Today, at the rise of this pandemic, I remain sitting in my tiny space, but I venture out, too. The malaise has dissipated; the unease is gone. There is something to be said for meeting your foe whether it is the tangible or intangible. And, I am not alone. My neighborhood is responding with generosity and love in the myriad ways of mixed generations with their talents and inventiveness.

Shared below are a few expressions of caring. I urge you to look to your neighbors, whether suburban, city or rural and count the many ways that caring is demonstrated by others.

Impromptu concert
A windy day for lost toys
Friday-distancing Happy Hours, painted rainbows, Teddy Bear hugs, treasured figs, Flowers from faith, and sweet cats both real and painted, and cookie recipe!

Drawing elicits words

Round & ripe

1970.

Full of “piss & vinegar.” High on life!

Yes, trite but so true.

A clear Pittsburgh day.

Frick’s fountain sprays sending

     shivers along my too-warm-to-touch skin.

The scent of orange peel smacks of happiness.

 With the first bite of this sweet, ripe fruit

   joy explodes everywhere.

Poem by Tina Hudak, 2019

George Harrison’s “My Sweet Lord” was the 70s song that reminds me of the orange!
From the album
LOVE this version with the Edwin Hawkins Singers.

Art supplies used are Winsor newton Inks, 2B pencil, chalk pastels & Crayola watercolor paints for kids. I have no idea what I am doing with these drawings!!

Minor chord

Minor Chord

My life is being lived in the melancholy

with moments of tenderness

all rooted in the minor chord.

music

Young voices

 

…value dignity in the face of battering conditions.” Beth Kephart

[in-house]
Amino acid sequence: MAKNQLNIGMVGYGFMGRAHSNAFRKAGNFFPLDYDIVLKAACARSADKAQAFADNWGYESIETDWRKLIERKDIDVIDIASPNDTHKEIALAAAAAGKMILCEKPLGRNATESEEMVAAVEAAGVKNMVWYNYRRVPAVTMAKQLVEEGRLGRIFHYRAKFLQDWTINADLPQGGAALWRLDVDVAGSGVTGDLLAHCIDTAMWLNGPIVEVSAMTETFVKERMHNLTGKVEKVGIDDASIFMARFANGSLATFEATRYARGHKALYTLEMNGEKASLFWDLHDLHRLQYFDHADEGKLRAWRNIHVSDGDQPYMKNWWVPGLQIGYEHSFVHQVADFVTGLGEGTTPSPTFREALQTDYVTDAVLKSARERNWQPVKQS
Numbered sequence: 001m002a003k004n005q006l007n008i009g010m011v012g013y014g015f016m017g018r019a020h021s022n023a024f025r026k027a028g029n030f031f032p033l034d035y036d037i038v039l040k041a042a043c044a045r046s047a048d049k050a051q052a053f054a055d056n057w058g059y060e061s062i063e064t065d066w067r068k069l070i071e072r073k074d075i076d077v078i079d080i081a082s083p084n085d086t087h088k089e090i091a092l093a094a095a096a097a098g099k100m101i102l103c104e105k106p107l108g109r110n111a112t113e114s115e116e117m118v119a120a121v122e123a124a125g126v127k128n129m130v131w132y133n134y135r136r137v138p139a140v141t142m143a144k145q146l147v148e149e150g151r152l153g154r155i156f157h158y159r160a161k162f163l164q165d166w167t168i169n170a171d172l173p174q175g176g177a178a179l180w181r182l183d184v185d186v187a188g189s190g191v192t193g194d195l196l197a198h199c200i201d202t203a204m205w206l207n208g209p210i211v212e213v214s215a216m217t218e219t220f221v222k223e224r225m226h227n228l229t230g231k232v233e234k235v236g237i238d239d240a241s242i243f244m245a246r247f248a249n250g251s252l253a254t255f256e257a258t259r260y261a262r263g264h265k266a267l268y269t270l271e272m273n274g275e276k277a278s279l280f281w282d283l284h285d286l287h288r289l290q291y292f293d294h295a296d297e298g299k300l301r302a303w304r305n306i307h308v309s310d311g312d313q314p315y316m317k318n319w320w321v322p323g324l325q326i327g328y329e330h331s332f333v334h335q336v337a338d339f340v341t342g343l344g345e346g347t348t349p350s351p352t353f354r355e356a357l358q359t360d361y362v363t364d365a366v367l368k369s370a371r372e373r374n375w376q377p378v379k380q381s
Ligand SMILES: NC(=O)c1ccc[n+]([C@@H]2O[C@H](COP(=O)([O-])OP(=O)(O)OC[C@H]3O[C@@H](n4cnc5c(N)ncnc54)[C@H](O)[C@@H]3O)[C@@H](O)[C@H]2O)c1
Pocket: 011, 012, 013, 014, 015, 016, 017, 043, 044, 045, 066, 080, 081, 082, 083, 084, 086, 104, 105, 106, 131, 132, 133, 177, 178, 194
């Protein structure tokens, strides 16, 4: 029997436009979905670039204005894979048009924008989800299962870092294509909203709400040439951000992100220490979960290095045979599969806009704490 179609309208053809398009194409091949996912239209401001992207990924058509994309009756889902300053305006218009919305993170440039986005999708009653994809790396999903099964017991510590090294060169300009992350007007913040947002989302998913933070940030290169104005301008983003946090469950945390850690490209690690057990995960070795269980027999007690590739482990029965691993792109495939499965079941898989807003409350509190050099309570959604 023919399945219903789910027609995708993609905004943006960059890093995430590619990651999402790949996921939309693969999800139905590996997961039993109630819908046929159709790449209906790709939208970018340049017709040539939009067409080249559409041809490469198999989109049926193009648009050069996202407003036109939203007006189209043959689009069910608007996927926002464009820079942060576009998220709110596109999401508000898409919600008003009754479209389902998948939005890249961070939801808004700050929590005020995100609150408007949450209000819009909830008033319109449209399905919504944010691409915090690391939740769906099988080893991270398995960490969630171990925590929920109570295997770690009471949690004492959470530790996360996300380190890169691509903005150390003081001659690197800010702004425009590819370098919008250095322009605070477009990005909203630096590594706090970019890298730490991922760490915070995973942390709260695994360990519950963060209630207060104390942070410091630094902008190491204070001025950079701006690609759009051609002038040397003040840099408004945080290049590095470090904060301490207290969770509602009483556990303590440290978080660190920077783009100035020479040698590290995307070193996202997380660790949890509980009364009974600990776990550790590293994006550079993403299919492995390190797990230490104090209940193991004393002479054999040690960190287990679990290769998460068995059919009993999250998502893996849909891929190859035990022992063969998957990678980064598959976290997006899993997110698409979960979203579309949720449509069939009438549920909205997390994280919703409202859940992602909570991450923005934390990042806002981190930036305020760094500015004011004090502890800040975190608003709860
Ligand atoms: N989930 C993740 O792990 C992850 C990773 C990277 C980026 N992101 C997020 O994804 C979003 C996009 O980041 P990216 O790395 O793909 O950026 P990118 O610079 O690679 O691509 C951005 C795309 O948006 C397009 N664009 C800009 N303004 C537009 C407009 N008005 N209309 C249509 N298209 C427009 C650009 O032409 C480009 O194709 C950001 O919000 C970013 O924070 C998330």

reqieum2The ritual of faith in my childhood taught me to look at death. Directly. Unflinchingly. At seven years of age, I sang in our school’s children’s choir for every funeral. Hidden away in the great ceiling, a small loft for even smaller children. The great organ dwarfing our statures. Both beloved and severe, the choir mistress stands erect, in black, baton in hand. Cold eyes piercing through the young’s urge to giggle – to fend off sorrow. A Gregorian chant of “Requiem aeternam”  begins. We are consumed by solemnity. Only our voices echoing within the high walls to greet the slow procession for the dead. The bowed heads covered in black lace. The straight backs of men in dark suits, like soldiers. Stepping carefully to muffle the clipped sounds of their wingtips against the hard tiled floors echoing against the monophonic repetition. The mantra of children – of innocence –  to greet death.

To relieve the sorrowful burdens from the shoulders of the unknown. Of the adults.

An initiation for the loss in my future.  So many deaths, it seems, that every one is personal. The prayers rise up for love incarnate – my mother, my father, my sister-in-law, my childhood friend to those splashed across the newspapers. The drown Syrian child on Greece’s rocky coast, the African-American father lying dead on the street in Charleston, the babes and their teachers in Newton, the street carnage of Paris’s les jeunesses… on and on.

Far from my childhood in months and years, the “Requiem aeternam” resonates. Now, it is my head bowed, my back that is straight.

Faith remains the constant.


This post is dedicated to the choristers, past and present, of St. Alban’s School for Boys, where their voices have filled me with longing.